Local legislators have been very supportive of this increase, and that is appreciated by the facilities, according to Lord and Steve Moburg, chief executive officer of PAHCS. This was important, said Mueller, because "for some nursing homes, it definitely is survival."
Heidgerken - who called this change his biggest accomplisment of the year - and Johnson were chief authors of bills proposing this change this year, in the House of Representatives and Senate, respectively. Other local legislators have authored such bills in the past.
In fact, two years ago, area nursing homes thought this funding increase had gone through, said Moburg. However, it was not implemented because of differences in interpretation.
Last year, local legislators tried to pass a bill clarifying the first bill, but that failed, said Lord. This year, then, legislators tried again.
A need to "maintain the quality of care for residents meant the parking lot went without resurfacing" at some facilities, noted Lord, and this increased reimbursement will help cover such costs.
Staff wages may also be increased at some facilities. All nursing homes received a 2.26 percent funding increase from the state this year, which they will get next year, as well. That is due to legislation passed last year.
Of that 2.26 percent, three-fourths must be used for wages and benefits increases for employees other than nursing home management, administrators, and central office staff.
However, the slight wage increases from that extra funding have been below the cost of living increases that have occurred since most nursing home workers had a pay freeze several years before that.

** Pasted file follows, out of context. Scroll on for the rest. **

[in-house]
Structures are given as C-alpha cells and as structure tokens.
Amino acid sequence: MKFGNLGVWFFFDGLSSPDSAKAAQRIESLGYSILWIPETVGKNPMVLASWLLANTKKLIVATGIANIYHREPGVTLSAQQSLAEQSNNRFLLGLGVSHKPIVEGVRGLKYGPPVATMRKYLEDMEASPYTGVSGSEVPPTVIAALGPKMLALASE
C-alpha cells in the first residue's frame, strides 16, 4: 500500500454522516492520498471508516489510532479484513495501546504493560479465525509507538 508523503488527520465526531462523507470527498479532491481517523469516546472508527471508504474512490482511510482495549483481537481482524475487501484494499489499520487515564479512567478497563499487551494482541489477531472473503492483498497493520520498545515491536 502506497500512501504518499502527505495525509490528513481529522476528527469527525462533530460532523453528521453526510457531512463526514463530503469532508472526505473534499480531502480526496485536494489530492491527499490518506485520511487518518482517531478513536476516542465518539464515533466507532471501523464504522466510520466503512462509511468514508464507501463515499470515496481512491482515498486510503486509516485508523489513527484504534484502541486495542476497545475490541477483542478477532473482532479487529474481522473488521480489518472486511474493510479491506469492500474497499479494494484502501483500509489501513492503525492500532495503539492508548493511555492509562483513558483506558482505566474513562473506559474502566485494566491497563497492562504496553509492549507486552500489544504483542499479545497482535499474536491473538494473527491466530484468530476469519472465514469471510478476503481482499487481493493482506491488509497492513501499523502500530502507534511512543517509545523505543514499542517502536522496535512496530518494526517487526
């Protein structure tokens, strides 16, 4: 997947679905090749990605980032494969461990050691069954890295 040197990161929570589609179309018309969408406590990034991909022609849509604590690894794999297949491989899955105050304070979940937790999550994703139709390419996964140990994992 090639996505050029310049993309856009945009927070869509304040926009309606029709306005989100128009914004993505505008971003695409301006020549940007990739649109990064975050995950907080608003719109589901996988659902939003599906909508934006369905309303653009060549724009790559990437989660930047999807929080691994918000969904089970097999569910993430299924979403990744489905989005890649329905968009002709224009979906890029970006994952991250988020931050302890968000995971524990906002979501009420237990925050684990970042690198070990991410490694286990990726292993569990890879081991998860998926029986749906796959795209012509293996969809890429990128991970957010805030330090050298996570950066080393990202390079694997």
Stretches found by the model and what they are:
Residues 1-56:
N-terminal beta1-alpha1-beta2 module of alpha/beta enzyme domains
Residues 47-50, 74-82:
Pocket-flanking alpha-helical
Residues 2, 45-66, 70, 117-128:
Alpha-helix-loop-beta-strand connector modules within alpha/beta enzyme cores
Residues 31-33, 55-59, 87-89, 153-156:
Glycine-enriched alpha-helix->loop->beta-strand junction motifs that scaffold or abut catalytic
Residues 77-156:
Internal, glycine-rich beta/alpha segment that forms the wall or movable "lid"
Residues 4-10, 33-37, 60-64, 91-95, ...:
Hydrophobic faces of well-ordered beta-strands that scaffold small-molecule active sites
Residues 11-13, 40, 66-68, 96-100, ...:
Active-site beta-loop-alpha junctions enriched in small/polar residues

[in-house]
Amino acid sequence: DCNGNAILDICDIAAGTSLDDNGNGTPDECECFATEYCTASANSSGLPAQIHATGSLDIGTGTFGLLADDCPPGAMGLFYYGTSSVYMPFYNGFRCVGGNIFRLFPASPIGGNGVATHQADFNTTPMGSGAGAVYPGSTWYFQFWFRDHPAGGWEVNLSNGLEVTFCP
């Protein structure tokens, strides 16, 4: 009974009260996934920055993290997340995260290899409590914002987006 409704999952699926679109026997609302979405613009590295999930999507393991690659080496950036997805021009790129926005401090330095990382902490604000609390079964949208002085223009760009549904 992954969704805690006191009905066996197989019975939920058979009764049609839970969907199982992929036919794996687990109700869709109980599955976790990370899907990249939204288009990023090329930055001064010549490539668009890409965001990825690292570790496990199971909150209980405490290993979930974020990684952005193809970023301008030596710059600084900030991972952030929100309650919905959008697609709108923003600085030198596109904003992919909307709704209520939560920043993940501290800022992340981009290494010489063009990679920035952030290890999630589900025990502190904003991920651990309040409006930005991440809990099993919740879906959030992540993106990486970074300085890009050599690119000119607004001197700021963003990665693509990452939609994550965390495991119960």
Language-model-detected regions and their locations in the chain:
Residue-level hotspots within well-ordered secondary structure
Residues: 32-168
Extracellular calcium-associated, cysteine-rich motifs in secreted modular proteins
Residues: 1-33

St. Cloud nursing homes have been paying their workers salaries only slightly under metro rates, which will be more achieveable for all nursing homes in these counties now, said Mueller.
This is key to the care residents receive in local nursing homes, said Lord, who made 30 trips to the state legislature over the past four or five years to advocate for this funding change. Area nursing homes compete with metro nursing homes for staff, and qualified staff are essential to a quality nursing home, he explained.
Residents and their families pick nursing homes based on where family members live, where residents grew up, and where openings are available, according to Moburg.
None of those factors can be influenced by added funding. However, the skill of nursing staff and the care provided in different areas such as speech, occupational, and physical therapy, is also important in such decisions, he said. State reimbursement rates come into play when these factors are considered, Moburg and Lord agreed.
A number of nursing facilities in Paynesville and the surrounding area do not qualify for this change, because they are not considered skilled nursing homes. Hilltop Care Center in Watkins also does not qualify, because it is just across the Stearns County line in Meeker County.
Starting in October, the overall nursing home funding formula in the state will be changed. Rather than being based on past costs, which can penalize cost-efficient facilities, said Johnson, the new system will be performance-based.
Five factors influence quality of life for residents will be assessed by the state. Varied methods will be used, including suveys, resident satisfaction ratings, resident interviews, and statistical information, such as turnover rates.